A New Subscription Box for Fashionistas With a Conscience

Courtesy of wearwell
Courtesy of wearwell / Courtesy of wearwell

Shopping with a social conscience can be challenging. To help fashion lovers make informed purchases, Fast Company reports that a new personal shopping service called wearwell promises to connect customers with brands that support the causes they care about.

Co-founders Erin Houston and Emily Kenney plan to launch wearwell in May, following the completion of an ongoing Indiegogo campaign. Once the company's official website is up and running, customers can visit it and fill out questionnaires about their personal style, sizing, and which global issues (i.e. human rights, clean water, girls’ education, etc.) are important to them. They can also opt for monthly, seasonal, or onetime deliveries.

Courtesy of wearwell

Wearwell will use this information, along with budget considerations, to send shoppers three curated wardrobe pieces that fit their ethical and sartorial specifications. Each item will come with a card explaining the maker’s commitment to certain social causes. Customers can purchase the products they like, and return the ones they don’t.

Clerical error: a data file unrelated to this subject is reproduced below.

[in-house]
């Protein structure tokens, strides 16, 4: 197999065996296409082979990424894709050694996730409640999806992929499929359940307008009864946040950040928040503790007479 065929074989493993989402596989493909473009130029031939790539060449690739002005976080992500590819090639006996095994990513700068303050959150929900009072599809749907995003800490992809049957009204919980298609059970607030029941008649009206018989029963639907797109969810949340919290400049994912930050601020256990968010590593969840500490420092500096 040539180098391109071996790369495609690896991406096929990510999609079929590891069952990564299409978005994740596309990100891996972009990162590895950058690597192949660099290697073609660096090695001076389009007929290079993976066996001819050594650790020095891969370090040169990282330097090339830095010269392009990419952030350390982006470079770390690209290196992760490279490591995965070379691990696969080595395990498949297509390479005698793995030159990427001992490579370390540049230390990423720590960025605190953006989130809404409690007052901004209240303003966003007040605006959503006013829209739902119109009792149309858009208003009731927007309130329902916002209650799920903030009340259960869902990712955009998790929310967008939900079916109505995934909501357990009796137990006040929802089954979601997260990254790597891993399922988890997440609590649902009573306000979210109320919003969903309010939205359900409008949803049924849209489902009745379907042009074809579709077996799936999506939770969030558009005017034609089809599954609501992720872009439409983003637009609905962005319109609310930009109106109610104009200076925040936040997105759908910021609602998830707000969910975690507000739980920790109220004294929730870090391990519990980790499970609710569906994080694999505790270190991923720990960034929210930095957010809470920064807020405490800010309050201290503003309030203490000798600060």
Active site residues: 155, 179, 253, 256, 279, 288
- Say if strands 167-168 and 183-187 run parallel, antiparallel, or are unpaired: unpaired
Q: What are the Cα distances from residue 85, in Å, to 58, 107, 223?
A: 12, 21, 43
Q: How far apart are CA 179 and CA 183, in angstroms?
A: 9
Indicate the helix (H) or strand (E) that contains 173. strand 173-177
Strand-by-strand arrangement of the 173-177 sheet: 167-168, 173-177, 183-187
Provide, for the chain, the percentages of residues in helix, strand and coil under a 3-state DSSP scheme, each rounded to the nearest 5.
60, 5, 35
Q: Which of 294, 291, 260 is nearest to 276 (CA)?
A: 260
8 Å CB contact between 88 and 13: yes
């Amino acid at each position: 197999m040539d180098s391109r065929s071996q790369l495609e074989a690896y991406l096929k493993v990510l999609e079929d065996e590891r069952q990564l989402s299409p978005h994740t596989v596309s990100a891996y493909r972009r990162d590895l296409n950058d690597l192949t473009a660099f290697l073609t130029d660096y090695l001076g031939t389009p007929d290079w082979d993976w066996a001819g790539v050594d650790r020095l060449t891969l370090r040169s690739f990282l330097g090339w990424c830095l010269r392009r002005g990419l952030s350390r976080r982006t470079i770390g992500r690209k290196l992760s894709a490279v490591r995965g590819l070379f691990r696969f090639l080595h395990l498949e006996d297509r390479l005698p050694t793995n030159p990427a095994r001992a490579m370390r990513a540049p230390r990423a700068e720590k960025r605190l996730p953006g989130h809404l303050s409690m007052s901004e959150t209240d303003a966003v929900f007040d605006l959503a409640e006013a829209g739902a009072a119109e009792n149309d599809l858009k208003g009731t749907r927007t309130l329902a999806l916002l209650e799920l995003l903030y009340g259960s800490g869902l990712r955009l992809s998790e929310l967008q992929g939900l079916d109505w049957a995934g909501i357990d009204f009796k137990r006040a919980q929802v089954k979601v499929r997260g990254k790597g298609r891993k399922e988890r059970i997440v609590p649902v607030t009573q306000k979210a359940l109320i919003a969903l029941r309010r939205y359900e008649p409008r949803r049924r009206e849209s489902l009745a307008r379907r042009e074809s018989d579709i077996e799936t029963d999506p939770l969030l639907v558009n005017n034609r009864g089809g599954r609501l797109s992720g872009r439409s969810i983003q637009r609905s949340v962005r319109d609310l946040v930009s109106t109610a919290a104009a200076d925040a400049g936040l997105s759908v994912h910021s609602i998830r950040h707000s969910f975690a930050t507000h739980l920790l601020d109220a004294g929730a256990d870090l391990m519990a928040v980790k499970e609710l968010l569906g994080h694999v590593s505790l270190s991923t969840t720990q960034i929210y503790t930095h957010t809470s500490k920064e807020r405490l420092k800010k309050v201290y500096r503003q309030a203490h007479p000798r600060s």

Before founding wearwell, Houston and Kenney both worked in international development. They noted that few fashion companies seemed committed to making a global difference, and decided to be the change they wished to see in the industry. “With wearwell, we are trying to create a stronger conscious consumer market,” the founders explain on their website. “Our gamble is that if it were easier to find clothes that were consciously-made and at accessible price points, most people would opt to shop that way. And if more people shopped that way, the industry would begin to compete for their business.”

Wearwell’s Indiegogo campaign has already reached its target amount (doing so in under seven hours!), but it will remain up and running through April. Supporters who contribute $30 or more will score perks including pre-order codes for wearwell's service, ethically made accessories and clothing items, and trips to Cambodia and India.

[h/t Fast Company]